The first drug to help dependent drinkers cut down on their alcohol use has been approved in Scotland.
The Scottish Medicines Consortium has approved the use of nalmefene in patients with alcohol dependence who have a high drinking risk level, without physical withdrawal symptoms.
The drug should only be prescribed in conjunction with continuous psychosocial support focused on treatment adherence and reducing alcohol consumption, the SMC stressed.
The drug – an opioid receptor antagonist – dampens the ‘buzz’ alcohol-dependent people get from drinking, helping them cut down their alcohol intake.
It is the first to be specifically licensed for reducing alcohol consumption, other medicines such as acamprosate and naltrexone are licensed for maintainence of abstinence after alcohol withdrawal.
The judgement was based on studies which showed nalmefene enabled patients to cut down both on their heavy drinking and the total amount of alcohol they consumed.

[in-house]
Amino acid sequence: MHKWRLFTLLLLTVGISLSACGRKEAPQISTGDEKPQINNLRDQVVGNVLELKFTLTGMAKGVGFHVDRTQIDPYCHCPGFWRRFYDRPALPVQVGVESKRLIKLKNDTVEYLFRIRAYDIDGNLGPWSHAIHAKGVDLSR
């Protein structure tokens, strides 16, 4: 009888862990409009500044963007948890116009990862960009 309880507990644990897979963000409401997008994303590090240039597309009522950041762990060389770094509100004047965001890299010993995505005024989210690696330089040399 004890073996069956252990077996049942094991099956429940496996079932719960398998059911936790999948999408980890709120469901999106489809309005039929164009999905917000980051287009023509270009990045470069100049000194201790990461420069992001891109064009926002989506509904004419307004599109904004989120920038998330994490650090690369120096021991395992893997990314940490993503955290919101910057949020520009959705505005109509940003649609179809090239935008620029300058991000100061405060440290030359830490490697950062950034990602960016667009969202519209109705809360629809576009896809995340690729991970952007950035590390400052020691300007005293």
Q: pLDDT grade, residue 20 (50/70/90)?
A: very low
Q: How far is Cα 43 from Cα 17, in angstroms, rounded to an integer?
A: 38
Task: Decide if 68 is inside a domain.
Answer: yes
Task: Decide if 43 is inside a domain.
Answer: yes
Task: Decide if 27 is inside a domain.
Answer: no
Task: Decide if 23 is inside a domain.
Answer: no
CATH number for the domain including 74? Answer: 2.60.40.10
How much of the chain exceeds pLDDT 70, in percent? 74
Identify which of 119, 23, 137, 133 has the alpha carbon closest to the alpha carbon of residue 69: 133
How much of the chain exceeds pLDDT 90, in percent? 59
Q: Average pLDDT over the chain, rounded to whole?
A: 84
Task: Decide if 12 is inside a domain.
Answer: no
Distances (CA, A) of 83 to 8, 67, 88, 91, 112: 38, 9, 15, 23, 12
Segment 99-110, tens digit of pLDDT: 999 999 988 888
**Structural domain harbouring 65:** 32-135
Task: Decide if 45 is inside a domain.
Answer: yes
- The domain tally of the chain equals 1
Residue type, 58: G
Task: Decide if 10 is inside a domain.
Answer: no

In two separate 24-week studies, patients who used nalmefene as well as receiving psychosocial support had on average 3.7 and 2.7 fewer heavy drinking days a month at the six-month follow-up, relative to patients receiving psychosocial support only, and 18 g/day and 10.3 g/day greater reductions in total alcohol intake.
Withdrawal rates were high relatively high with nalmefene, but the SMC ruled that a further, cost-effectiveness analysis made the case for approving its use on the NHS.
Nalmefene is taken in tablet form, with one tablet taken on each day the patient feels they are at risk of drinking, preferably an hour or two before they anticipate starting to drink.
NICE is currently scoping out nalmefene for potential ‘technology appraisal’.